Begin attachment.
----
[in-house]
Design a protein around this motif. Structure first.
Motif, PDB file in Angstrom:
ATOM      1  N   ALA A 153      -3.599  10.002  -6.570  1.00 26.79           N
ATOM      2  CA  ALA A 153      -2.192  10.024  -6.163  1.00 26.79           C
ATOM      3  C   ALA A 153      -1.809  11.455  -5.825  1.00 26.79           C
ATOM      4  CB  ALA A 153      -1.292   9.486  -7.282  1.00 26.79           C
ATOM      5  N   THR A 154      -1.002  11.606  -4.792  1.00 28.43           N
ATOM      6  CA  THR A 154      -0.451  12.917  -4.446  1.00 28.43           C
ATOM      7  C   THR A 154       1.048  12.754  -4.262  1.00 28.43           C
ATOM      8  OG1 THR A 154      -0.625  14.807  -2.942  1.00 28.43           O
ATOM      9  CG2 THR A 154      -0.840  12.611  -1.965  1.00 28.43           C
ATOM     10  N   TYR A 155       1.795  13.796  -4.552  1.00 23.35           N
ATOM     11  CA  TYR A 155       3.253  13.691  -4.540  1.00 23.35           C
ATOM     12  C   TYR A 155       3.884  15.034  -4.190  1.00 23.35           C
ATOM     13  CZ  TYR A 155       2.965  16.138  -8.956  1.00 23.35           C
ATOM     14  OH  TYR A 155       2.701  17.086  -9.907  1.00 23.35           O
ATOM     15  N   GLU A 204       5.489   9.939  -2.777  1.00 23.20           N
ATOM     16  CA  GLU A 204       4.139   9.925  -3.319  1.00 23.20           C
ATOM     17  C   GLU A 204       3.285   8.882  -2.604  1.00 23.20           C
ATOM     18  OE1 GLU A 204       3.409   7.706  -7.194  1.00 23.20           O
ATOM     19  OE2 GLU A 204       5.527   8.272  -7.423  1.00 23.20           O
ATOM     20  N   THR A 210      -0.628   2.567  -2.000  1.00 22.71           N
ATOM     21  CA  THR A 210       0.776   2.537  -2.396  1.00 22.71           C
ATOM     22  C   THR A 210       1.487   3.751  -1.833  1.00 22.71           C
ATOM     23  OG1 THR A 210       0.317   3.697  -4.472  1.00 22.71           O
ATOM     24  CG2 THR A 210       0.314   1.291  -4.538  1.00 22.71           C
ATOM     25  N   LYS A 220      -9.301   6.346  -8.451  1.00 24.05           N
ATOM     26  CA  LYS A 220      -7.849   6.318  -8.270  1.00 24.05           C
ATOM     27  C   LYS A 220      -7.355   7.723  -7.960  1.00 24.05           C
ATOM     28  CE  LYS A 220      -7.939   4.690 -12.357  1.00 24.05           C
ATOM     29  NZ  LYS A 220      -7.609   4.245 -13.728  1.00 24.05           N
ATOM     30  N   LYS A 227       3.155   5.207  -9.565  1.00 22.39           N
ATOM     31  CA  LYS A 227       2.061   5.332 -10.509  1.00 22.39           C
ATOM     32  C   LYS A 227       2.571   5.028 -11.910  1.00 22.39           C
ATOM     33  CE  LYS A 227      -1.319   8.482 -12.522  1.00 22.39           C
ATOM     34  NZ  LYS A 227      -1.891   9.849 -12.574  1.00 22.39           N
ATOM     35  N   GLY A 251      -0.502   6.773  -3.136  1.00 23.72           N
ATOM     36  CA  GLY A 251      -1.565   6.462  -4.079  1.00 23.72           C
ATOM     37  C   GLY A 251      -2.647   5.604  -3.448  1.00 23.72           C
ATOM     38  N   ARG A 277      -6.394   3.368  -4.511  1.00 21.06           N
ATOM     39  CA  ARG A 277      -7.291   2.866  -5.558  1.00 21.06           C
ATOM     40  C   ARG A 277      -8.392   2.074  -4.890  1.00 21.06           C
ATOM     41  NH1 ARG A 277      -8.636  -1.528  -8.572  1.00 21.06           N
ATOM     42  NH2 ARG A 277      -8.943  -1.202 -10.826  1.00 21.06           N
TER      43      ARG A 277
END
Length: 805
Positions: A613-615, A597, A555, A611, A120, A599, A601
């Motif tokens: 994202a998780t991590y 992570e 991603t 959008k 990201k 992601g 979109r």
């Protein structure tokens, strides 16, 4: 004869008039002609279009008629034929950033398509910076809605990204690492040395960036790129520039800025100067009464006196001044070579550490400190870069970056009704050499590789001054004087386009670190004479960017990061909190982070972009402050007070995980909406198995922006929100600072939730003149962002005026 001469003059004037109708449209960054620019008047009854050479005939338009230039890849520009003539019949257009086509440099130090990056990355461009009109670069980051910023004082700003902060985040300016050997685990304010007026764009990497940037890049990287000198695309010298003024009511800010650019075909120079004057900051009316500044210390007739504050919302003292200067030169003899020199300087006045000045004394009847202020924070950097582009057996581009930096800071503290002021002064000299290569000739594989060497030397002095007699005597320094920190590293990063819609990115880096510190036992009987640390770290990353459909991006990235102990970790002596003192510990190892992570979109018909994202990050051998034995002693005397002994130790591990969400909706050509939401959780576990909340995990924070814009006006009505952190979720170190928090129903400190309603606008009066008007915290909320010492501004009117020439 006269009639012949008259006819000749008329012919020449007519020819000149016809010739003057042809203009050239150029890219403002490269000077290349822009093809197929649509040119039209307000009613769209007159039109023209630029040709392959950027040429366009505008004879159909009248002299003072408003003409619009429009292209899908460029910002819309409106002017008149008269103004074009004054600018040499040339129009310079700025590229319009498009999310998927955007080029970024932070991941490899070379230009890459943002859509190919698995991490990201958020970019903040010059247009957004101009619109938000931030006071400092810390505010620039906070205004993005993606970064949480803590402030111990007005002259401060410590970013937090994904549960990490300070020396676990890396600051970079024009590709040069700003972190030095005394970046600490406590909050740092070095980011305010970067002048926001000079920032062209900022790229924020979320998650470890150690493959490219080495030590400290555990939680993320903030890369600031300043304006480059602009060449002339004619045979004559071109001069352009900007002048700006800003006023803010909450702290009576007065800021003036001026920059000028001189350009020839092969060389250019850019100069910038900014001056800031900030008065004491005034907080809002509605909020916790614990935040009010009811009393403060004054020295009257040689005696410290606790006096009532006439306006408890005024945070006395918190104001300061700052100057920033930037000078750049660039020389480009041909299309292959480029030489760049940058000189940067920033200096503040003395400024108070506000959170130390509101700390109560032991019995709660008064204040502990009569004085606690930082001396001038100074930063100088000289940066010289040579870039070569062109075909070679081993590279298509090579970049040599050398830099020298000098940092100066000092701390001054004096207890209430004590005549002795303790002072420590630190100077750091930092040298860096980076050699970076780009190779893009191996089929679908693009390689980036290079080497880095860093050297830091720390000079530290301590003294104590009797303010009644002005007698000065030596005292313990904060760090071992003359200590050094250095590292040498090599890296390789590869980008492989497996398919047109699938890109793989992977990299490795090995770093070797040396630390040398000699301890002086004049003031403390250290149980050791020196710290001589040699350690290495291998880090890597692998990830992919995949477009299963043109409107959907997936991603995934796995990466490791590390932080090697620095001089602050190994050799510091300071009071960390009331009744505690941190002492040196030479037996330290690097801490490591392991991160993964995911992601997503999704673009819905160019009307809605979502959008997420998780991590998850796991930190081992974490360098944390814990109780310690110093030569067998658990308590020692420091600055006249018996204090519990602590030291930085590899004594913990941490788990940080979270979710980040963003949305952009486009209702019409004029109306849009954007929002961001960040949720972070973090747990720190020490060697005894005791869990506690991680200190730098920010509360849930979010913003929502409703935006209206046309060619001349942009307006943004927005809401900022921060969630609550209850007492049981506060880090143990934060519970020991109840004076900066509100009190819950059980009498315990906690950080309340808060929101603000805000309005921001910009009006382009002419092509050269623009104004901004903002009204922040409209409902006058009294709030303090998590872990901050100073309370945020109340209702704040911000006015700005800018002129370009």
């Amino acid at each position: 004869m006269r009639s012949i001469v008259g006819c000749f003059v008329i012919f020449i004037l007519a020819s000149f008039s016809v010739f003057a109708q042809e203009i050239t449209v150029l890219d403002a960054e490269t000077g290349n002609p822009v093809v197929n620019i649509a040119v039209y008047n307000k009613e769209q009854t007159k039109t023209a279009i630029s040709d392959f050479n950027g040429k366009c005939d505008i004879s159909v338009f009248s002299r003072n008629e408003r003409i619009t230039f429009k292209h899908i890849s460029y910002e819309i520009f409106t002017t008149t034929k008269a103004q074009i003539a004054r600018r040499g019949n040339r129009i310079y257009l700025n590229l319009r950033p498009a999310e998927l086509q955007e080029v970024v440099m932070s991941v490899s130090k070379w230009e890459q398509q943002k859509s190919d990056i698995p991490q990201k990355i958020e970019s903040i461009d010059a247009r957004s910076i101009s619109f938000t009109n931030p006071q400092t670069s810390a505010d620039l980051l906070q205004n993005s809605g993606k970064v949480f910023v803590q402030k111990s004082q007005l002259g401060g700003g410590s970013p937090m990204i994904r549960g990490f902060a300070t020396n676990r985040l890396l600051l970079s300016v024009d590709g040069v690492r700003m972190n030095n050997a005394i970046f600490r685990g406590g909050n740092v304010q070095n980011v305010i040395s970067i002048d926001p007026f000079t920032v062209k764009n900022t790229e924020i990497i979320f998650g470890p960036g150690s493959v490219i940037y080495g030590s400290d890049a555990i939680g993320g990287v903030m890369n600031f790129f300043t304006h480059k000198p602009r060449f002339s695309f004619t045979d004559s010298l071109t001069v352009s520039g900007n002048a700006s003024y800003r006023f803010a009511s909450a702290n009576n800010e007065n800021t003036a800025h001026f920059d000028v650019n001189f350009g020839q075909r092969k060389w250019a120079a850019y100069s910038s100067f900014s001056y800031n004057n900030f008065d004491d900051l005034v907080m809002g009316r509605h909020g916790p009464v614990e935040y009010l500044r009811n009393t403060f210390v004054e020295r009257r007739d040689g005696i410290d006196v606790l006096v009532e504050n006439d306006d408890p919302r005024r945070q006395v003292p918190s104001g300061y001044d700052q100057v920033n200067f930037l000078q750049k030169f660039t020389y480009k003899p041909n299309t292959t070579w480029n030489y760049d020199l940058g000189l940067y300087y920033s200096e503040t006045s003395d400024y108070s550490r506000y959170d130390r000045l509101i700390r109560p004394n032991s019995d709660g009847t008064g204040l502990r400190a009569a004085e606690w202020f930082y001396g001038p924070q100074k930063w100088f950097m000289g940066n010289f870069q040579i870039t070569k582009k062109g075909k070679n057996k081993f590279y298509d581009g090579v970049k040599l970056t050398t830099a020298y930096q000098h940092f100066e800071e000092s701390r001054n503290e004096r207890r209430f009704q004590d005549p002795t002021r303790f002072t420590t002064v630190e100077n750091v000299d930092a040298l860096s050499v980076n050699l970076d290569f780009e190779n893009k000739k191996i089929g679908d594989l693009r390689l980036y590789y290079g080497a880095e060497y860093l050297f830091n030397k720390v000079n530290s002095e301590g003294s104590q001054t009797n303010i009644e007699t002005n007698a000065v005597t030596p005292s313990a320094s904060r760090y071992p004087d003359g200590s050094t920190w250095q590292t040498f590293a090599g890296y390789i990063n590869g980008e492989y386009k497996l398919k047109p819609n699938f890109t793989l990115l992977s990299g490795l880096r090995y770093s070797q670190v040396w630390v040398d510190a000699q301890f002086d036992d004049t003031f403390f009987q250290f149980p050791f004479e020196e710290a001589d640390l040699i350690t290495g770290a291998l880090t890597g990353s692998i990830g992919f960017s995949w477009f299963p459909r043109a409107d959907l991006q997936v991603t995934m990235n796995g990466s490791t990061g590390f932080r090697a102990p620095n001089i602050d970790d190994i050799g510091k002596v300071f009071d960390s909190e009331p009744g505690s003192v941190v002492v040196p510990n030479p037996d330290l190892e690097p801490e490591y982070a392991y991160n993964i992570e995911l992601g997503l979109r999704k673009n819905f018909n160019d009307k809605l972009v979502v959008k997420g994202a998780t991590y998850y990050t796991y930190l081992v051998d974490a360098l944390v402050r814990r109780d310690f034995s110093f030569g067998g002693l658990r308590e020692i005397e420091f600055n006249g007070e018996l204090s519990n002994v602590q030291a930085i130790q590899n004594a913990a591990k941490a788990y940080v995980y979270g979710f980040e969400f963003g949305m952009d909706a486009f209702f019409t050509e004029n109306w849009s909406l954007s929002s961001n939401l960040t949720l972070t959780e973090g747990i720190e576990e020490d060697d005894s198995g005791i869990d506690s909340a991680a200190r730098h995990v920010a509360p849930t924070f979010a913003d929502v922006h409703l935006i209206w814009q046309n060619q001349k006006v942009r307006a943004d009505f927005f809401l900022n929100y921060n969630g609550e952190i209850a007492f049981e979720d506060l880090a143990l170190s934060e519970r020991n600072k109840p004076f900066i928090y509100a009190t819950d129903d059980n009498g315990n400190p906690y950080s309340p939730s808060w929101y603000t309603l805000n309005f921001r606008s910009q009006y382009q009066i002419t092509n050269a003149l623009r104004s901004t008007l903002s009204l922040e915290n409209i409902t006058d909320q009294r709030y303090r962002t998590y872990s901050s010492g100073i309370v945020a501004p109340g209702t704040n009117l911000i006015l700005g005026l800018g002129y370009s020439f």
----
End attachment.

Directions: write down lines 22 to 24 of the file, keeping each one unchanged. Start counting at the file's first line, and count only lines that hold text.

ATOM     19  OE2 GLU A 204       5.527   8.272  -7.423  1.00 23.20           O
ATOM     20  N   THR A 210      -0.628   2.567  -2.000  1.00 22.71           N
ATOM     21  CA  THR A 210       0.776   2.537  -2.396  1.00 22.71           C